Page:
Alumni

Dylan Godinez

  • Engineering & Industrial Design Technology

He's on the fast track for career success–literally. Just a few months after graduating from Penn College, Dylan landed his dream job as a design engineer at The Garage Shop in Denver, North Carolina where he designed front and rear suspension brackets for a Ford Roadster that topped 200 mph in a sanctioned land speed race.

 

Dylan Godinez
TAKING THE LEAD

Q&A with Dylan

HOW DID YOU BECOME INTERESTED IN MOTORSPORTS?

That came from my dad. He was all kinds of crazy about NASCAR back in the early 2000’s. I remember watching races on TV with him and I thought it was cool. It burned gas and went fast. I always wanted to be a part of it. He took me to my first race. He reached an age where, financially, he wasn't able to give himself a career in racing, but he wanted to try to set me up the best he could. So he and my mom did everything that they could to help me get through school and put me in front of the right people. And they both helped me out a great deal with working toward what I wanted to do.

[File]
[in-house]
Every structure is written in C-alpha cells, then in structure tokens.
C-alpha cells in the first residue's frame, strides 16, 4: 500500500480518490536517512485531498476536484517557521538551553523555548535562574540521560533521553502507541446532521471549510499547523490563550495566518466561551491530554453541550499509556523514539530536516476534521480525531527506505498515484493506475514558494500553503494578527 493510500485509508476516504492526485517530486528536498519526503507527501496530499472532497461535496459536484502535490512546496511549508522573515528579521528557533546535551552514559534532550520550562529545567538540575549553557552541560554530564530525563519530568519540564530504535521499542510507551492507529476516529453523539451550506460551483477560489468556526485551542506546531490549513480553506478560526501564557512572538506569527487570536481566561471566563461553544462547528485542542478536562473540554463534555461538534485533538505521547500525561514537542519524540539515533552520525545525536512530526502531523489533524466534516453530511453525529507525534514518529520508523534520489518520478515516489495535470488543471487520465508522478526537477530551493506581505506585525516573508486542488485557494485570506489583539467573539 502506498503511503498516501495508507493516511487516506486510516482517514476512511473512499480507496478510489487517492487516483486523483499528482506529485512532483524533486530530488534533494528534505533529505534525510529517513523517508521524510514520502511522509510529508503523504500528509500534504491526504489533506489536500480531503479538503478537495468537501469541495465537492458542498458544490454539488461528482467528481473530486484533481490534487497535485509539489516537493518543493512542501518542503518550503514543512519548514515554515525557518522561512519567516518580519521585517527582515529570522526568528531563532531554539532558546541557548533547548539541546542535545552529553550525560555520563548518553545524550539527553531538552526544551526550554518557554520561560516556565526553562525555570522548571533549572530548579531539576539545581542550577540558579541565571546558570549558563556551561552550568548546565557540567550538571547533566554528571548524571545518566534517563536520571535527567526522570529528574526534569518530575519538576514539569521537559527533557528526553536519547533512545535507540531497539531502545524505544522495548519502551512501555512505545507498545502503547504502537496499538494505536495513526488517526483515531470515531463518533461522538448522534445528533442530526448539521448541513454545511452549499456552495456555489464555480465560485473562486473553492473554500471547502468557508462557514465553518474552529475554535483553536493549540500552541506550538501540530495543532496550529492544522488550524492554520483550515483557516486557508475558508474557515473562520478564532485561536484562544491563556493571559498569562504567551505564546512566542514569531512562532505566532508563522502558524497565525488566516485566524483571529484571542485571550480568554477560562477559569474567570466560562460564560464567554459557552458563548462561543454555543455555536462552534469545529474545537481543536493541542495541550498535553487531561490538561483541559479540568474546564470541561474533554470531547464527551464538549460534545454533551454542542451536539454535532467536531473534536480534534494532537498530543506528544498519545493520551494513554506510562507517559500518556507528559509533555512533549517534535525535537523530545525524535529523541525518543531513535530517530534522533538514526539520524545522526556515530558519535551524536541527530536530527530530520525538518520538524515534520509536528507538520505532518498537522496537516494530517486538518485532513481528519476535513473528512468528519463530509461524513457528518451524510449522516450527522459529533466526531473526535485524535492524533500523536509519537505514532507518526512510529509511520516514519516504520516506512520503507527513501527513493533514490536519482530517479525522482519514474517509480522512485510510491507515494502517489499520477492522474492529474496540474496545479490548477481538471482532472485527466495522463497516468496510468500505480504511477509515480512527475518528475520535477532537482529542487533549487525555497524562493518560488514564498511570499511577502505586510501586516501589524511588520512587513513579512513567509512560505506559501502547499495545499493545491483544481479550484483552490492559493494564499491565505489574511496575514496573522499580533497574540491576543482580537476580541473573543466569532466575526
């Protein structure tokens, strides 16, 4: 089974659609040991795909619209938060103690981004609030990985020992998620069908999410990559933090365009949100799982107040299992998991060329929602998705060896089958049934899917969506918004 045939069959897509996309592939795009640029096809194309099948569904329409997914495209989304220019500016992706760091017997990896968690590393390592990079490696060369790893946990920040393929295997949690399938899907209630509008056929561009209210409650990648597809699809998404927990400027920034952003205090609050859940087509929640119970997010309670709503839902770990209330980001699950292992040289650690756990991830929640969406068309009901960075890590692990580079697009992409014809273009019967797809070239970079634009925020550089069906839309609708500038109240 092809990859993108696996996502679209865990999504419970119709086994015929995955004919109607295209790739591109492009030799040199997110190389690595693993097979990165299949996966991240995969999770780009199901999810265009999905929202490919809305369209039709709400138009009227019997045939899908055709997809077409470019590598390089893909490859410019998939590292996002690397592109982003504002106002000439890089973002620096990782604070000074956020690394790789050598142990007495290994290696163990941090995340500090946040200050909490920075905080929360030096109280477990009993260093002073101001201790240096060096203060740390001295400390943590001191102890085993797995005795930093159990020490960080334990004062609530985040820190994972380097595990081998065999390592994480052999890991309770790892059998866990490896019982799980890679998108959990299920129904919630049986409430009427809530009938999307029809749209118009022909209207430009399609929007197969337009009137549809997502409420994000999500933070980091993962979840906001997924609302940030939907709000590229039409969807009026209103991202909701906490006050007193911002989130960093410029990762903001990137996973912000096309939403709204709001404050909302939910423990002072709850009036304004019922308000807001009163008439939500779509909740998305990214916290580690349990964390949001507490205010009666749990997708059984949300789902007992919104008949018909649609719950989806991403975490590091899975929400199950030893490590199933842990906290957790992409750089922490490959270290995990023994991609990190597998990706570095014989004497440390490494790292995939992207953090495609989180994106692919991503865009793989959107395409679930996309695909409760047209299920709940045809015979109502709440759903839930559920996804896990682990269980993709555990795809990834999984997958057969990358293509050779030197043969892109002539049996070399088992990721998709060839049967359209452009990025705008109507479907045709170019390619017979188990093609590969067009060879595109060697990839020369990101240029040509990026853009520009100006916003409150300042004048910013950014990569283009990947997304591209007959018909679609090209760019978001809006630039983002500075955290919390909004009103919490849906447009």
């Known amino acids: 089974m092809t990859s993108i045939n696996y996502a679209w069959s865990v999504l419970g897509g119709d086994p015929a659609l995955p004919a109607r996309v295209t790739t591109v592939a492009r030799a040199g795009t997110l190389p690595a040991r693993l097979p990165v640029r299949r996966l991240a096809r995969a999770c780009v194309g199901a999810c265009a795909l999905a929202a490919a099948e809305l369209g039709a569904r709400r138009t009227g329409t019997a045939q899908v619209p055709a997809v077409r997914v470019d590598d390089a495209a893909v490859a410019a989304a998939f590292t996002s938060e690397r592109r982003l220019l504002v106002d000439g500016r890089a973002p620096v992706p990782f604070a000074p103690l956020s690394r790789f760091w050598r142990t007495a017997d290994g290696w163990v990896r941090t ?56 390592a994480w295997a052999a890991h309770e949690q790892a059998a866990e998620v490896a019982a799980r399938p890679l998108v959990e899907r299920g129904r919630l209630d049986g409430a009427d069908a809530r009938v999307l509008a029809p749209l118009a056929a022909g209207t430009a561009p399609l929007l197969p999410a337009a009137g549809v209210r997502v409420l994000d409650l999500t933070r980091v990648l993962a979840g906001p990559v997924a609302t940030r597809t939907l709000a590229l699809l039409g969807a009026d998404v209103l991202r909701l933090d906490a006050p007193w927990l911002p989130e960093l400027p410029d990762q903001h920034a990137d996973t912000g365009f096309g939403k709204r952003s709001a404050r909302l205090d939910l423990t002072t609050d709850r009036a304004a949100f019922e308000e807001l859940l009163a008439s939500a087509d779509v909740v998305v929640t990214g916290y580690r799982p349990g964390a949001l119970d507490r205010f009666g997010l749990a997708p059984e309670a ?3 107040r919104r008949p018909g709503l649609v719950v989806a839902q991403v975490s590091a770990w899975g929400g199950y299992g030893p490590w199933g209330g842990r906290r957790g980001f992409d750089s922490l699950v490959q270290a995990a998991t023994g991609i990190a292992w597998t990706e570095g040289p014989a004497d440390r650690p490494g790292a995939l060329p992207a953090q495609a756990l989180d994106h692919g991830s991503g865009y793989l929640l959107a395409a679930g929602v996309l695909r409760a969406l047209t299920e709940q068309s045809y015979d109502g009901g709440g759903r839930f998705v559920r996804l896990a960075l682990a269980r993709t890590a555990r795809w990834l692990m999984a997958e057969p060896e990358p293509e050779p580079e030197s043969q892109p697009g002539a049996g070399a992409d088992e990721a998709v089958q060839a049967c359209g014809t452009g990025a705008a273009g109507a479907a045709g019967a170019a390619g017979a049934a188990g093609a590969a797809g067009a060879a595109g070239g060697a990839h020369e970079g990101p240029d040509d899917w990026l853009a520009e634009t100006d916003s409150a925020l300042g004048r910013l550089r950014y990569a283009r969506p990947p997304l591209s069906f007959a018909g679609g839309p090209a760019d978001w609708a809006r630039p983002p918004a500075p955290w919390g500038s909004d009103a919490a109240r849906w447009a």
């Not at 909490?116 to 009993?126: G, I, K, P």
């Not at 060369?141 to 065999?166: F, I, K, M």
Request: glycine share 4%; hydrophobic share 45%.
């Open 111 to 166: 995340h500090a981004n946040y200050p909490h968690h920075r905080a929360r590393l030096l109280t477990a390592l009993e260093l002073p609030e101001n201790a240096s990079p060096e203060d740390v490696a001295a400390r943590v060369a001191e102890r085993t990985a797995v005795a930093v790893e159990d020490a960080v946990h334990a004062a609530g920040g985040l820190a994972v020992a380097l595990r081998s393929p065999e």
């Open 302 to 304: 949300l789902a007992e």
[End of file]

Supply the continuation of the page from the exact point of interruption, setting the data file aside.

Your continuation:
YOU WENT TO A LOT OF NASCAR RACES GROWING UP?

Yes, I've been to a lot. I still go to a lot, even more now that I'm living down in North Carolina, which is race central. But it's not just NASCAR. What I really admire with motorsports is the will to win and the amount of sacrifice that the average individual can put in. Ordinary people doing extraordinary things is something that I really admire.

IN HIGH SCHOOL, DID YOU CONSIDER BEING A MECHANIC OR GOING INTO COLLISION REPAIR?

It was always a possibility. I knew I wanted to end up working with cars. I was very good at engineering from a young age. My parents noticed my skills playing with Legos as a kid. And they would see these structures that I would build with Minecraft and how I understood how things went together. It was geometry to me. I was really good with geometry and simple mathematics. They saw what I was able to do with my mind and create these structures. I just wanted to get into something with automotive. Even though there are so many different kinds of engineering, I knew about race cars and road cars, so I wanted to do some kind of engineering with them.